One tool I've used for easy management of multiple MySQL instances on the same box is MySQL Sandbox. It's nothing fancy -- a Perl module which offers a collection of scripts -- but it does make your life much easier.

To install MySQL Sandbox, download it from its Launchpad page, then run 'perl Makefile.PL; make; make install'. You also need to download a MySQL binary tarball which will serve as a common base used by your MySQL instances.

Here's an example of a script I wrote which creates a new MySQL Sandbox instance under a common directory (/var/mysql_slaves in my case). The sc…

Kent Langley's '10 rules for launching a web site'

The advice in this blog post by Kent Langley resonates with my experiences launching Web infrastructures of all types, large and small. Deploy early and often, automate your deployments, use version control, create checklists, have a rollback plan -- these are all very sensible things to do.

I would add one more very important thing that seems to be missing from the list: have an extensive suite of automated tests to check that your deployment steps did the right thing. Many people just stop at the automation step, and don't go beyond that to the testing step. It will come back to haunt them in the long run. But this is fodder for another blog post, which will be coming real soon now ;-)

Greatest invention since sliced bread: vimdiff

If you work at the ssh command prompt all day long (like I do), and if you need to compare text files and merge differences (like I do), then make sure you check out vimdiff (thanks to Jeff Roberts for bringing it to my attention).

If you run 'vimdiff file1 file2', the tool will split your screen vertically, with file1 displayed in a vim session on the left and file2 on the right. The differences between the 2 files will be highlighted. To jump from difference to difference, use ]c (forward) and [c (backward). When the cursor is on a difference block, use :diffget or do to merge the difference from the other file into the file where the cursor is; use :diffput or dp to merge the other way. To jump from one file's window to the other, use Ctrl-w-w. Google vimdiff for other tips and tricks. Definitely a good tool to have in your arsenal.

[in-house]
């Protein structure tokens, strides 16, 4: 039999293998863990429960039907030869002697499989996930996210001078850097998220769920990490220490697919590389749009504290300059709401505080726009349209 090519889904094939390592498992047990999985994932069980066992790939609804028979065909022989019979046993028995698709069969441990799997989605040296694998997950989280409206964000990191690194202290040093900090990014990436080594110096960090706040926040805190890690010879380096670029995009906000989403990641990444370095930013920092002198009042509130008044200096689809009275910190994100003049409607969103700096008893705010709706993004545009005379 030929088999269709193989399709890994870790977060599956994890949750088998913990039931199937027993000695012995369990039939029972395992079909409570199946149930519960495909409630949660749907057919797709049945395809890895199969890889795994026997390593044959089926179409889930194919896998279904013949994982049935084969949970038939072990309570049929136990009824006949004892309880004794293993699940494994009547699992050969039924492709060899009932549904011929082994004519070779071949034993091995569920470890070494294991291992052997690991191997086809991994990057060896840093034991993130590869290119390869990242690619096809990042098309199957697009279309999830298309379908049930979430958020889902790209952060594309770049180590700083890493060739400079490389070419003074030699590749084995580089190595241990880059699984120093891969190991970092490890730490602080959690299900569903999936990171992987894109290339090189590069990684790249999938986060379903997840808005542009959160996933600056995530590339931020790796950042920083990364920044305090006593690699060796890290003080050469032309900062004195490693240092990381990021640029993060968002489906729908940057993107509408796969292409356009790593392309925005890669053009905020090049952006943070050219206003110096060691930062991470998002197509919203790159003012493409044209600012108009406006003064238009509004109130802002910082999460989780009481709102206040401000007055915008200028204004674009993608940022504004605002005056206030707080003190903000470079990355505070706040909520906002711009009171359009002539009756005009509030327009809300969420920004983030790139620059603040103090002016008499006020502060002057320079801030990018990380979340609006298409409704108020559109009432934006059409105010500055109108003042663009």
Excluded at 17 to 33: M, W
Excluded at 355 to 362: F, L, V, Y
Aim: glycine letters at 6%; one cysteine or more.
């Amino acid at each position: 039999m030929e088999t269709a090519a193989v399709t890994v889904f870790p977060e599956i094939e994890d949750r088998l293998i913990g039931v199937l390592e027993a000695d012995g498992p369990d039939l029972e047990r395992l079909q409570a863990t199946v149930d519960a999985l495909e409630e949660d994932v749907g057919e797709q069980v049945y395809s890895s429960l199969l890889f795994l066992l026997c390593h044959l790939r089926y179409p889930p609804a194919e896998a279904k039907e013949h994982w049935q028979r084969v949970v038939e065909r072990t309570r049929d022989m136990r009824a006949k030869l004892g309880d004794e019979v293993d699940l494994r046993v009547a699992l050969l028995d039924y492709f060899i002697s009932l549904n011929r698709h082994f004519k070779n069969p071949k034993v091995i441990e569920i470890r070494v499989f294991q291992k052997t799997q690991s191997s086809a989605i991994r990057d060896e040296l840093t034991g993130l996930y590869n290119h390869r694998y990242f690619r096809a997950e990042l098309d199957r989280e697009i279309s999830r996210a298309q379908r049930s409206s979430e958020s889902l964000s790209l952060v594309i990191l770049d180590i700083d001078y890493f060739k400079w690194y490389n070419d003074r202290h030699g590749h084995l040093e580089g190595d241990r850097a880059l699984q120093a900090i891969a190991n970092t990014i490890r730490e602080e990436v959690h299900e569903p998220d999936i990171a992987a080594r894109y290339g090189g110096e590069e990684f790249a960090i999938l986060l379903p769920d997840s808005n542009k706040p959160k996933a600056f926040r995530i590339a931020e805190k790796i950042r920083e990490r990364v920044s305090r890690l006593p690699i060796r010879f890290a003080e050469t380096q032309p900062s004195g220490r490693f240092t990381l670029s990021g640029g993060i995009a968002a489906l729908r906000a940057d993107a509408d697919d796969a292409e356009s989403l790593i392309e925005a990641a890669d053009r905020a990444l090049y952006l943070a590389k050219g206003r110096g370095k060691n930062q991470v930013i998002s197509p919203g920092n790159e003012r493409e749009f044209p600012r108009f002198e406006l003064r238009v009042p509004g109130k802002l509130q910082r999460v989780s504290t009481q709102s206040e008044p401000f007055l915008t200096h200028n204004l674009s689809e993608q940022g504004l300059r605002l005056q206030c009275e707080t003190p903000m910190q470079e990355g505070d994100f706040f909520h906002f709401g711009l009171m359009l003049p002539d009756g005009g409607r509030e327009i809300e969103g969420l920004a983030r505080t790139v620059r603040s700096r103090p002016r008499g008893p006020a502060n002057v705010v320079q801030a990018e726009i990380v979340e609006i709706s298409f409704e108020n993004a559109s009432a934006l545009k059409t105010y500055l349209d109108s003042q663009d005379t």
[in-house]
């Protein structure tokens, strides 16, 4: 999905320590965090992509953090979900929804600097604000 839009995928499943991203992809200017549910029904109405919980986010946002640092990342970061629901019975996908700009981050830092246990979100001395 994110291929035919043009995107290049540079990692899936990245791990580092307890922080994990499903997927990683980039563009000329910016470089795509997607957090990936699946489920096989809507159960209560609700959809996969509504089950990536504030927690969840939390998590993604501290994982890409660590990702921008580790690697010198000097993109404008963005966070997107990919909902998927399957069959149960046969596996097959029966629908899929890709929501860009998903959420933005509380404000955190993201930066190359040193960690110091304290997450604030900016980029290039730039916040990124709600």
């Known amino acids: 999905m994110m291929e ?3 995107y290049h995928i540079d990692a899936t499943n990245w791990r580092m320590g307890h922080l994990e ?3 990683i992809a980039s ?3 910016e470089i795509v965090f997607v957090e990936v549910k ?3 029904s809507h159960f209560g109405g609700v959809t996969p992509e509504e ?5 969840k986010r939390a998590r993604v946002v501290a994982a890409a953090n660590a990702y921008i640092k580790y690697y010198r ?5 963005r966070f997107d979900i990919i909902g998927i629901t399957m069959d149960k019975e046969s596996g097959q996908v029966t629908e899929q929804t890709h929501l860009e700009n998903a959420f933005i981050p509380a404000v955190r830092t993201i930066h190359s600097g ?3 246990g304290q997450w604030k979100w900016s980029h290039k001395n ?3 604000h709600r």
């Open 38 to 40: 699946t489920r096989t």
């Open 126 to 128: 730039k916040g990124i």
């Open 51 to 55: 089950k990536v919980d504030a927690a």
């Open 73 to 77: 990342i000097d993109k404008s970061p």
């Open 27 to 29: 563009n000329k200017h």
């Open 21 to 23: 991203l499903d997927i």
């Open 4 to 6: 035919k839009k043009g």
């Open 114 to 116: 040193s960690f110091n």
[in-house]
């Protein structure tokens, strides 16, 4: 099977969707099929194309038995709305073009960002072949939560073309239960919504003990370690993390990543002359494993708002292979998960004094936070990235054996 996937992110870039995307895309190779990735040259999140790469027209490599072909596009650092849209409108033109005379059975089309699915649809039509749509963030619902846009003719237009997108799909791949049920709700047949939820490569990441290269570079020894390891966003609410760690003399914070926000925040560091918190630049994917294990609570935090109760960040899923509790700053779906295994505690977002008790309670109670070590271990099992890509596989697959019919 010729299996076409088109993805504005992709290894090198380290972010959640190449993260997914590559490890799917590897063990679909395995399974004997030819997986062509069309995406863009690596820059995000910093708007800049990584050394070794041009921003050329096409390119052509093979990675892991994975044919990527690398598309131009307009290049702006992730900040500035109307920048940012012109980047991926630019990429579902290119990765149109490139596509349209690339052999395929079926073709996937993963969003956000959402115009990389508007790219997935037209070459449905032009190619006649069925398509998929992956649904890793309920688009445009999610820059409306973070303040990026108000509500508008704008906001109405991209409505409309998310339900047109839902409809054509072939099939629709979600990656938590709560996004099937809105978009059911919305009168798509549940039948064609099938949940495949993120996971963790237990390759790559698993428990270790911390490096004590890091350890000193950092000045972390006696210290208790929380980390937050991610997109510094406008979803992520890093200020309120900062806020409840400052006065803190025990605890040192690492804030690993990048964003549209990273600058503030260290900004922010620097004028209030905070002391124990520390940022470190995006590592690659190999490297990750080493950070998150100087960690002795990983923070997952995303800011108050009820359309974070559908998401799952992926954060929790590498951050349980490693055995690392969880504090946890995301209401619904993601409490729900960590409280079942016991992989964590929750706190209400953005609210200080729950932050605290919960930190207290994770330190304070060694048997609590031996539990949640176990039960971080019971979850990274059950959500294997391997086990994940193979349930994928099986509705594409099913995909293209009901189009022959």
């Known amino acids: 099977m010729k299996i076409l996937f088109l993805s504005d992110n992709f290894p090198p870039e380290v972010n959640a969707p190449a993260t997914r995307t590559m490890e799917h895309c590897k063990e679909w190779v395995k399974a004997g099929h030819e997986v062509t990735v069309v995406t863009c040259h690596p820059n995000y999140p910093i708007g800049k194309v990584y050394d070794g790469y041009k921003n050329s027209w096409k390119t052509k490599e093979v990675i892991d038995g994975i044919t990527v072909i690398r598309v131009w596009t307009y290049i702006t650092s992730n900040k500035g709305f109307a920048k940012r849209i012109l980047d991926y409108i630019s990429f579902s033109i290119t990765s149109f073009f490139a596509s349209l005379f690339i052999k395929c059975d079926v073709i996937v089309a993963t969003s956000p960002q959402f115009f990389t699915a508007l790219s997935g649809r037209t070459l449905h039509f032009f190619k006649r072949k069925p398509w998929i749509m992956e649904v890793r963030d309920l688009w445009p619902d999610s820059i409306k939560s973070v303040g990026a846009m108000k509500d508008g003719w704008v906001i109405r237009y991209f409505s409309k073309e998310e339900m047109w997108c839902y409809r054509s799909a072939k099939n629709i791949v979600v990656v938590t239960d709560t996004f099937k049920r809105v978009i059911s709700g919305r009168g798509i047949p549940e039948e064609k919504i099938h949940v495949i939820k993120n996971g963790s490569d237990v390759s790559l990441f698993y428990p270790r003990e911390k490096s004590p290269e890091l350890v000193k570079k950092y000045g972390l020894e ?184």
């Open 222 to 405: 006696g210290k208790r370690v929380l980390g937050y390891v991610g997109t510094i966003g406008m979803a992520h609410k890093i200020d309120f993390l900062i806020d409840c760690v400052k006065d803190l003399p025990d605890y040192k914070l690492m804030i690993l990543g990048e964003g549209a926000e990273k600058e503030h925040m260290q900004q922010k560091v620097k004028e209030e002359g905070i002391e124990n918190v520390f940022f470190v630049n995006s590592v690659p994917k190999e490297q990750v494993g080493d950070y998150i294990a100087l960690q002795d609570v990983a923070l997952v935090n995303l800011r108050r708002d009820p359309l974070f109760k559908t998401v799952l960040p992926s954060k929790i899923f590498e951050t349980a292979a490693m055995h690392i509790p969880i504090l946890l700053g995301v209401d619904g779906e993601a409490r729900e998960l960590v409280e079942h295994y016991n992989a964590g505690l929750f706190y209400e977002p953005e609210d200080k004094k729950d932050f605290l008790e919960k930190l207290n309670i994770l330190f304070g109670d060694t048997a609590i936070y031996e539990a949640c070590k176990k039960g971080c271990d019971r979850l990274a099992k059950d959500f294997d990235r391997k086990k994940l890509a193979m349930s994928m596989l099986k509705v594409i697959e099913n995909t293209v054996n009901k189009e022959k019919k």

If you have the luxury of a graphical enviroment, I also recommend meld (thanks to Chris Nutting for the tip).

Recommended blog: Elastician

Elastician is the blog of Mitch Garnaat, the author of the amazingly useful boto Python library -- a collection of modules for managing AWS resources (EC2, S3, SQS,  SimpleDB and more recently CloudWatch).

Mitch has a great picture on what he calls the 'Cloud Computing Hierarchy of Needs' (in a reference to Maslow's self-actualization hierarchy). Very insightful.

Python mock testing techniques and tools

This is an article I wrote for Python Magazine as part of the 'Pragmatic Testers' column. Titus and I have taken turns writing the column, although we haven't produced as many articles as we would have liked.

Here is the content of my article, which appeared in the February 2009 issue of PyMag:

Mock testing is a controversial topic in the area of unit testing. Some people swear by it, others swear at it. As always, the truth is somewhere in the middle.

Let's get some terminology clarified: when people say they use mock objects in their testing, in most cases they actually mean stubs, not mocks. The difference is expanded upon with his usual brilliance by Martin Fowler in his article "Mocks aren't stubs".

In his revised version of the article, Fowler uses the terminology from Gerard Meszaros's 'xUnit Test Patterns' book. In this nomenclature, both stubs and mocks are special cases of 'test doubles', which are 'pretend' objects…